Named “Hero Kim Kun Ok” after a North Korean historical figure, Mr Kim said the submarine number 841 will be one of North Korea’s main “underwater offensive means of the naval force”.
The vessel, he said, was “equipped with a large number of nuclear delivery means” and can carry out “preemptive and retaliatory strikes against hostile countries”.
Its neighbour South Korea, however, warned the claims could be exaggerated.
Mr Kim said arming the North Korean Navy with nuclear weapons is an urgent task as he vowed to bolster the current inventory with more underwater and surface vessels equipped with tactical nuclear weapons for the naval forces, reported state media KCNA, as he indirectly spoke of recent “aggressive moves”.
“Achieving a rapid development of our naval forces is a priority that cannot be delayed given the enemies’ recent aggressive moves and military acts,” he said without directly mentioning the US and South Korea but referring to the joint drills carried out in the Korean peninsula.
Other existing submarines will be converted into nuclear armed vessels and North Korea will accelerate its push to eventually build nuclear-powered submarines, the top leader said.
Photos of the submarine released by the state media show a lengthy black vessel with a tower jutting out of the top of the hull in its rear. The expanded hull carries 10 vertical launch tubes, four large and six small for submarine-launched ballistic missiles (SLBMs) and submarine-launched cruise missiles (SLCMs), possibly to fire ballistic and cruise missiles which it has already test-fired.
Choi II, a retired South Korean submarine captain, pointed out that the “tactical” submarine does not carry SLBM that can reach the US mainland but is rather a host for shorter-range projectiles.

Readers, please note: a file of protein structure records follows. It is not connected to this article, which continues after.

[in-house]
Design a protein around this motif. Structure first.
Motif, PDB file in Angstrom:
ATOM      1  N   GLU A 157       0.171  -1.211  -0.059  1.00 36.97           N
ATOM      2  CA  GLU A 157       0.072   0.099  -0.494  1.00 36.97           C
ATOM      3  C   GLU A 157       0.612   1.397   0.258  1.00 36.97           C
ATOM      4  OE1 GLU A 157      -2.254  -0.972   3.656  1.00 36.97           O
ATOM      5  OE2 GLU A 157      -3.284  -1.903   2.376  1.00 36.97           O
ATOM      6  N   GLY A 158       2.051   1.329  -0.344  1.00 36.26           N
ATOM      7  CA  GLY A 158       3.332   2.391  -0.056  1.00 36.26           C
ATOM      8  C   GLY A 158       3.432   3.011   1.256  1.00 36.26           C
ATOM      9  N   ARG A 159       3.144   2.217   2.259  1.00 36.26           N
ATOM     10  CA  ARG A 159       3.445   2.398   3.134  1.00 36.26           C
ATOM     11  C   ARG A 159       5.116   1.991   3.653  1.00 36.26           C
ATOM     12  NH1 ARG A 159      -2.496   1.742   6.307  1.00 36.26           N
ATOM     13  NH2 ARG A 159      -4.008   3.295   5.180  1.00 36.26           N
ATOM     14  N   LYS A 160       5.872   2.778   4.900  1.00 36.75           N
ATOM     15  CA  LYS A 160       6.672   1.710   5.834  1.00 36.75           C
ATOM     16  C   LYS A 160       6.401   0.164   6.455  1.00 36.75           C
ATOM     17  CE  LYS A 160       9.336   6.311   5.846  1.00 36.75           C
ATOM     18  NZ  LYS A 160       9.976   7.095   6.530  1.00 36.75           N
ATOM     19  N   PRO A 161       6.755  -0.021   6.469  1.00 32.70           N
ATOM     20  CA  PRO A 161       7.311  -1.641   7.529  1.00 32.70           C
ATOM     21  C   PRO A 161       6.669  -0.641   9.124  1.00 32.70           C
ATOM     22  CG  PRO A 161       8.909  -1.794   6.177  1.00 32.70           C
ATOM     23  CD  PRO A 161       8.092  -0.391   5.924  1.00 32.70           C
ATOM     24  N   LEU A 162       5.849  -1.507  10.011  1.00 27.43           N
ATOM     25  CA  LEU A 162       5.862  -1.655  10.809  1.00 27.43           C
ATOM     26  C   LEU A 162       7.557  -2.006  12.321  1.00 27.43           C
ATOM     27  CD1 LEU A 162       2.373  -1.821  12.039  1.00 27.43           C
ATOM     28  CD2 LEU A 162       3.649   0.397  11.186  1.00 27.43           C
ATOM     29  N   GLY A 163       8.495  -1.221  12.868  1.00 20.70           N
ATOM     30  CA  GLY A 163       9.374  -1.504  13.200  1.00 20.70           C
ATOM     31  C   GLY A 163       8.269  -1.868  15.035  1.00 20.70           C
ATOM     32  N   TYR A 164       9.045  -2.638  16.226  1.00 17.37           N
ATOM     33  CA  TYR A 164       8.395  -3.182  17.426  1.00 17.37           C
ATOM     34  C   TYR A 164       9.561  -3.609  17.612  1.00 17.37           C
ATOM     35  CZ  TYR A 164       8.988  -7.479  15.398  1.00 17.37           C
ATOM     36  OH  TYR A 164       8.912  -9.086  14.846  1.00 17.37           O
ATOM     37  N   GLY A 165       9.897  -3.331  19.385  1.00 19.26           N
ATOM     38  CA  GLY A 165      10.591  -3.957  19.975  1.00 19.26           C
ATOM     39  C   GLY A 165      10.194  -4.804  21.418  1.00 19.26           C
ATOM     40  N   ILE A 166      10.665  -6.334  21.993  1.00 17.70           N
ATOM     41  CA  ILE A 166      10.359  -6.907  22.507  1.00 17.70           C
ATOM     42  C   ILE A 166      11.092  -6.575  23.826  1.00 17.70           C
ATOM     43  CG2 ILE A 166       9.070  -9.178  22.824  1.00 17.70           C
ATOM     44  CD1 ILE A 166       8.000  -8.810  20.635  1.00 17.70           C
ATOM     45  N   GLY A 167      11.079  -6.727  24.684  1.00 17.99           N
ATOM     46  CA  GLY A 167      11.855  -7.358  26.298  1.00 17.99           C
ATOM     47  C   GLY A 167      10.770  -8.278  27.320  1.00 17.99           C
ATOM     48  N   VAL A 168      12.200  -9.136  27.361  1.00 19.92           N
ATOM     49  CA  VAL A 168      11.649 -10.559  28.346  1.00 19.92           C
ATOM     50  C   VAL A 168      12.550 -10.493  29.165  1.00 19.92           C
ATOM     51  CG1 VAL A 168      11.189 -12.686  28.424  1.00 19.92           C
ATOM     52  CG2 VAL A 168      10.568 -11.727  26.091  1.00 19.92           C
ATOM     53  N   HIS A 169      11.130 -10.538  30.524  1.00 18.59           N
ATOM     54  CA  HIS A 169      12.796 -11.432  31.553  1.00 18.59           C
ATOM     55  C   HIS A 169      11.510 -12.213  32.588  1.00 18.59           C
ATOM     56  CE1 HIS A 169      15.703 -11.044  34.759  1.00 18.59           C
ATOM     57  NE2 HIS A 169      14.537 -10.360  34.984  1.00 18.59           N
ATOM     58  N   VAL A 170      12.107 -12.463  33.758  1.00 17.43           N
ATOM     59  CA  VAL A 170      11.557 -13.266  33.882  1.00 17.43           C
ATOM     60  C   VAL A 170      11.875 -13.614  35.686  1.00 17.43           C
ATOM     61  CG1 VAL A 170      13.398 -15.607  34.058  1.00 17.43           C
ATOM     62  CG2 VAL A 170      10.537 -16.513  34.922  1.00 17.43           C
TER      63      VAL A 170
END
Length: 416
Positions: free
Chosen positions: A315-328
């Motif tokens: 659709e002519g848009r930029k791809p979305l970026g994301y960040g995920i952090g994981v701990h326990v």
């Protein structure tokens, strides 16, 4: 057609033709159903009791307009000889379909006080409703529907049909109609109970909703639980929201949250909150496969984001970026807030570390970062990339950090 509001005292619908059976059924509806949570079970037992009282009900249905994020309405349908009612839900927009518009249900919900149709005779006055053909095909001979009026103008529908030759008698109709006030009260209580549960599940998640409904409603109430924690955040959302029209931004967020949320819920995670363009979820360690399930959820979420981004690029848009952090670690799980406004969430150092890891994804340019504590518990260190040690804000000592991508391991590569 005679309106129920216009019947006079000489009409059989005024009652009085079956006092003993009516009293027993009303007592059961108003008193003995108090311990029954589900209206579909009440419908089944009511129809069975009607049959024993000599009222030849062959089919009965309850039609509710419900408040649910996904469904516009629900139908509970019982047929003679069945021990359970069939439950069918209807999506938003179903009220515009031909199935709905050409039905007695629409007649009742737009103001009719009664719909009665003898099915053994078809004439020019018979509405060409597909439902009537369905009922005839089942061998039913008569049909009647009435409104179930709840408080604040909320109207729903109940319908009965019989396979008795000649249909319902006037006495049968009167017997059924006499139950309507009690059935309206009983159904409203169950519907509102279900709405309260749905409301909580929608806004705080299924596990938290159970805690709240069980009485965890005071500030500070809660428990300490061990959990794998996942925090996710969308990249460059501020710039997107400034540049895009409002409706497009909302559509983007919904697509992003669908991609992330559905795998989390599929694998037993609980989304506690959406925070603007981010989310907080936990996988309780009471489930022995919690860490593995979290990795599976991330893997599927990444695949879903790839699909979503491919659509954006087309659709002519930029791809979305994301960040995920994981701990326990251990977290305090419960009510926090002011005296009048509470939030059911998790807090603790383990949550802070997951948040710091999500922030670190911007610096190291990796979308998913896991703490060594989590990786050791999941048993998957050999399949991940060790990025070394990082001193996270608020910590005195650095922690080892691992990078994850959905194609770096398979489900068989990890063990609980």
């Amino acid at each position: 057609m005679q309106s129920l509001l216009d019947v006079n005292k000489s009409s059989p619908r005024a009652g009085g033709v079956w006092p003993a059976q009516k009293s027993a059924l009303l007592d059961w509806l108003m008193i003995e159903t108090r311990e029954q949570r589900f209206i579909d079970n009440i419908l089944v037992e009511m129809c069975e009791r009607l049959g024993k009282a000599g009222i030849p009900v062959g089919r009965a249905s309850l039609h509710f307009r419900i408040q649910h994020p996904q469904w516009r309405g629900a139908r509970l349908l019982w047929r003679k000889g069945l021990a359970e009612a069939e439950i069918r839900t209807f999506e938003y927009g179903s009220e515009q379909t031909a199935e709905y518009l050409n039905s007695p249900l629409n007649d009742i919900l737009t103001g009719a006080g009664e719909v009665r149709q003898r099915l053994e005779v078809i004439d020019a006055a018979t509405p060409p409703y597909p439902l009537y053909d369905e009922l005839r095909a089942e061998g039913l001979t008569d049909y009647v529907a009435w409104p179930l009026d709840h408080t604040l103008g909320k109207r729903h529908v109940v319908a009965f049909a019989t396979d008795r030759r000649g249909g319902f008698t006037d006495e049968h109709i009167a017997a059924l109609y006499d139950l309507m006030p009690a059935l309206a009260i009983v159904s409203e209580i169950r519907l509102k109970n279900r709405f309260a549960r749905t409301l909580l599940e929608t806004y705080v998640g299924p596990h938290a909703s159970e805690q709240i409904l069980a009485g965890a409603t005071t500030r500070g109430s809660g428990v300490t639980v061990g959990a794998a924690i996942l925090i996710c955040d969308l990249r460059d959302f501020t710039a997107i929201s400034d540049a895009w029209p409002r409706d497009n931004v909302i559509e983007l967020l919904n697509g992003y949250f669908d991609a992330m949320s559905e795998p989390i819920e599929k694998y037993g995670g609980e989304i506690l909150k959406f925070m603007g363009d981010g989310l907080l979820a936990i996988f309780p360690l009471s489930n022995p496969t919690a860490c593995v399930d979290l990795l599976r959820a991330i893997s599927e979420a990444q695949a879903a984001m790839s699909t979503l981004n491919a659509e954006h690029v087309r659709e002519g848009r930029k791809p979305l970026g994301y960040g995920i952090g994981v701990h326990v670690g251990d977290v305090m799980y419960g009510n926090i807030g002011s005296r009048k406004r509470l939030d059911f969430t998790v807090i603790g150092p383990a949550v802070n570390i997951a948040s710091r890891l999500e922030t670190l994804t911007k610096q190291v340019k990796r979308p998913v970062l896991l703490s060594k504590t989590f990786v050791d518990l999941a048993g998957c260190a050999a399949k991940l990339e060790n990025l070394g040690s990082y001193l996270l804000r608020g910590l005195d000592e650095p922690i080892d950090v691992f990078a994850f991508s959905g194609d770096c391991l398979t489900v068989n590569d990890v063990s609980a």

It is not immediately clear if North Korea has developed miniaturised nuclear warheads it will need for the submarine.
The vessel appears to be a modified Soviet-era Romeo-class submarine, acquired from China in the 1970s and domestically produced by Pyongyang after.
The South Korean military cautioned that the vessel did not appear ready for its normal operations and there were clear signs of the North attempting to exaggerate its capabilities.
Japanese chief cabinet secretary Hirokazu Matsuno, however, warned "North Korea’s military activity is posing a graver and more imminent threat to our country’s security than before”.
This reveal from a “sort of hard-headed military standpoint doesn’t make a lot of sense”, said Vann Van Diepen, a former US government weapons expert working with the 38 North project in Washington.
Such weapons won’t add much value to the North’s more robust land-based nuclear forces, because the ageing submarines used as the core of the new design are relatively noisy, slow and have limited range, meaning they may not survive as long during a war, he said.
"When this thing is field deployed, it’s going to be quite vulnerable to allied anti-submarine warfare.”
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